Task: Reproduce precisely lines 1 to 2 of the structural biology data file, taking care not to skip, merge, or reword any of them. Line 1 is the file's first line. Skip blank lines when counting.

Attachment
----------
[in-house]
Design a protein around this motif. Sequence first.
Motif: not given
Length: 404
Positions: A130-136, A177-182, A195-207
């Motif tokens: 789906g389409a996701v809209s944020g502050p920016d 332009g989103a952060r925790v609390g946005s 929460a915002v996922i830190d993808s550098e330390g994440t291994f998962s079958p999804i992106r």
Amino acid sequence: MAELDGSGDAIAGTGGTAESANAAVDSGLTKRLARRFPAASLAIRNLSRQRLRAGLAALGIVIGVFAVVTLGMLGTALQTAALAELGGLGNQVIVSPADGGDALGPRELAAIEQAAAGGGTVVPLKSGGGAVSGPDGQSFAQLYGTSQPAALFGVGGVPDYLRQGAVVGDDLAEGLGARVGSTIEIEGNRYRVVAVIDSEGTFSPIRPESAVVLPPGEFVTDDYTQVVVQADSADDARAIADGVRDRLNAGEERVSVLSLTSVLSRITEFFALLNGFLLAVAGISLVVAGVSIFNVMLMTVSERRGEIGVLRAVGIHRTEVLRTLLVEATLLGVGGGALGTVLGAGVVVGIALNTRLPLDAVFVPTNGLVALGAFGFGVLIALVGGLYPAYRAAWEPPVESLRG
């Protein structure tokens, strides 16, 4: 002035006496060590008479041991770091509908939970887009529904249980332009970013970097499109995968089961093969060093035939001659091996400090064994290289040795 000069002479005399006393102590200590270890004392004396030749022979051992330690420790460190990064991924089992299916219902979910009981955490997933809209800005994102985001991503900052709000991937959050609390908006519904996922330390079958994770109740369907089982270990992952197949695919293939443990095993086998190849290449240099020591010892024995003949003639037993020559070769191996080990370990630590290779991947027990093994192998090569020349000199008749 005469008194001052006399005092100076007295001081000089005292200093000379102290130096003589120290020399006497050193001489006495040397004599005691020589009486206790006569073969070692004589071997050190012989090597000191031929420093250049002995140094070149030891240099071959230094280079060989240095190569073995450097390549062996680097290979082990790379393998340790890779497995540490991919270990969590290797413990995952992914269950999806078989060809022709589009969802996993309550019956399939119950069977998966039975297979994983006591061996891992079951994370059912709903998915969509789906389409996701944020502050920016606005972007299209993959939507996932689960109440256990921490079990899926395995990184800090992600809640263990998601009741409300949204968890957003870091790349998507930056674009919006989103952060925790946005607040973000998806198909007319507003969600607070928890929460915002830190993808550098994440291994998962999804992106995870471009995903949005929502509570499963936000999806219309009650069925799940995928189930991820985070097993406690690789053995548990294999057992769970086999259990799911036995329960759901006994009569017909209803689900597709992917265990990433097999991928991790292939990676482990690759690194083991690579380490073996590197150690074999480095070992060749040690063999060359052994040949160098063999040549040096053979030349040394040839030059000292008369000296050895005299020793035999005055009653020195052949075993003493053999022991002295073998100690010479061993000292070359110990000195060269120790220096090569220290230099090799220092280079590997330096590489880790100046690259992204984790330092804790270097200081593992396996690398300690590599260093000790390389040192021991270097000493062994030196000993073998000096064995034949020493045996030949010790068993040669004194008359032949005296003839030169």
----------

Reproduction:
[in-house]
Design a protein around this motif. Sequence first.